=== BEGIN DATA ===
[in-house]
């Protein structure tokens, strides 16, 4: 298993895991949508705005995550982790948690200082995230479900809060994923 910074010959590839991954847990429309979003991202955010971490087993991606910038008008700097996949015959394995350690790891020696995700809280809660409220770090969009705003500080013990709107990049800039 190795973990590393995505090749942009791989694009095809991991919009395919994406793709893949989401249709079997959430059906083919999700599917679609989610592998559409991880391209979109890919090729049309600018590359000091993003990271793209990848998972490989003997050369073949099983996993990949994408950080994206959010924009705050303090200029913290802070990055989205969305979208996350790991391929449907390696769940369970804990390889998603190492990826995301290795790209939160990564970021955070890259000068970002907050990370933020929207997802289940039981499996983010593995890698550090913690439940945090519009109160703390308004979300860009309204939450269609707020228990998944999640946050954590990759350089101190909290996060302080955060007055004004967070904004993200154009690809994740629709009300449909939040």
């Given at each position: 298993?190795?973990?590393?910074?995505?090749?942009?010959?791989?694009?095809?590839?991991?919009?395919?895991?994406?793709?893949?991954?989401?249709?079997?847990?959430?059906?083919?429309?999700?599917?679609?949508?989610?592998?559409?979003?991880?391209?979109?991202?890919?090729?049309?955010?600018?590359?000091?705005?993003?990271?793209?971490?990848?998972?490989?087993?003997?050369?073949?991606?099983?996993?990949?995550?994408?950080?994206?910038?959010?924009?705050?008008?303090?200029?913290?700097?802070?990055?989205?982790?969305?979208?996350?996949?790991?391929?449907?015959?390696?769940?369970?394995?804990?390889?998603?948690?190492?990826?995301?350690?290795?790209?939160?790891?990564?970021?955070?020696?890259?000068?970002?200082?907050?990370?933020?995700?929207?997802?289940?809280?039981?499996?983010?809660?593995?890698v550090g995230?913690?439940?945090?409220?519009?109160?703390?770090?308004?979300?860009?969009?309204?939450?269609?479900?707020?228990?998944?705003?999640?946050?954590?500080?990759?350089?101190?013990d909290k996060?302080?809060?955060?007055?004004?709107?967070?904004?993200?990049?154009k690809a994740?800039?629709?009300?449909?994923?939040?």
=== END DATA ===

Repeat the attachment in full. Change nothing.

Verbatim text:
[in-house]
């Protein structure tokens, strides 16, 4: 298993895991949508705005995550982790948690200082995230479900809060994923 910074010959590839991954847990429309979003991202955010971490087993991606910038008008700097996949015959394995350690790891020696995700809280809660409220770090969009705003500080013990709107990049800039 190795973990590393995505090749942009791989694009095809991991919009395919994406793709893949989401249709079997959430059906083919999700599917679609989610592998559409991880391209979109890919090729049309600018590359000091993003990271793209990848998972490989003997050369073949099983996993990949994408950080994206959010924009705050303090200029913290802070990055989205969305979208996350790991391929449907390696769940369970804990390889998603190492990826995301290795790209939160990564970021955070890259000068970002907050990370933020929207997802289940039981499996983010593995890698550090913690439940945090519009109160703390308004979300860009309204939450269609707020228990998944999640946050954590990759350089101190909290996060302080955060007055004004967070904004993200154009690809994740629709009300449909939040």
């Given at each position: 298993?190795?973990?590393?910074?995505?090749?942009?010959?791989?694009?095809?590839?991991?919009?395919?895991?994406?793709?893949?991954?989401?249709?079997?847990?959430?059906?083919?429309?999700?599917?679609?949508?989610?592998?559409?979003?991880?391209?979109?991202?890919?090729?049309?955010?600018?590359?000091?705005?993003?990271?793209?971490?990848?998972?490989?087993?003997?050369?073949?991606?099983?996993?990949?995550?994408?950080?994206?910038?959010?924009?705050?008008?303090?200029?913290?700097?802070?990055?989205?982790?969305?979208?996350?996949?790991?391929?449907?015959?390696?769940?369970?394995?804990?390889?998603?948690?190492?990826?995301?350690?290795?790209?939160?790891?990564?970021?955070?020696?890259?000068?970002?200082?907050?990370?933020?995700?929207?997802?289940?809280?039981?499996?983010?809660?593995?890698v550090g995230?913690?439940?945090?409220?519009?109160?703390?770090?308004?979300?860009?969009?309204?939450?269609?479900?707020?228990?998944?705003?999640?946050?954590?500080?990759?350089?101190?013990d909290k996060?302080?809060?955060?007055?004004?709107?967070?904004?993200?990049?154009k690809a994740?800039?629709?009300?449909?994923?939040?």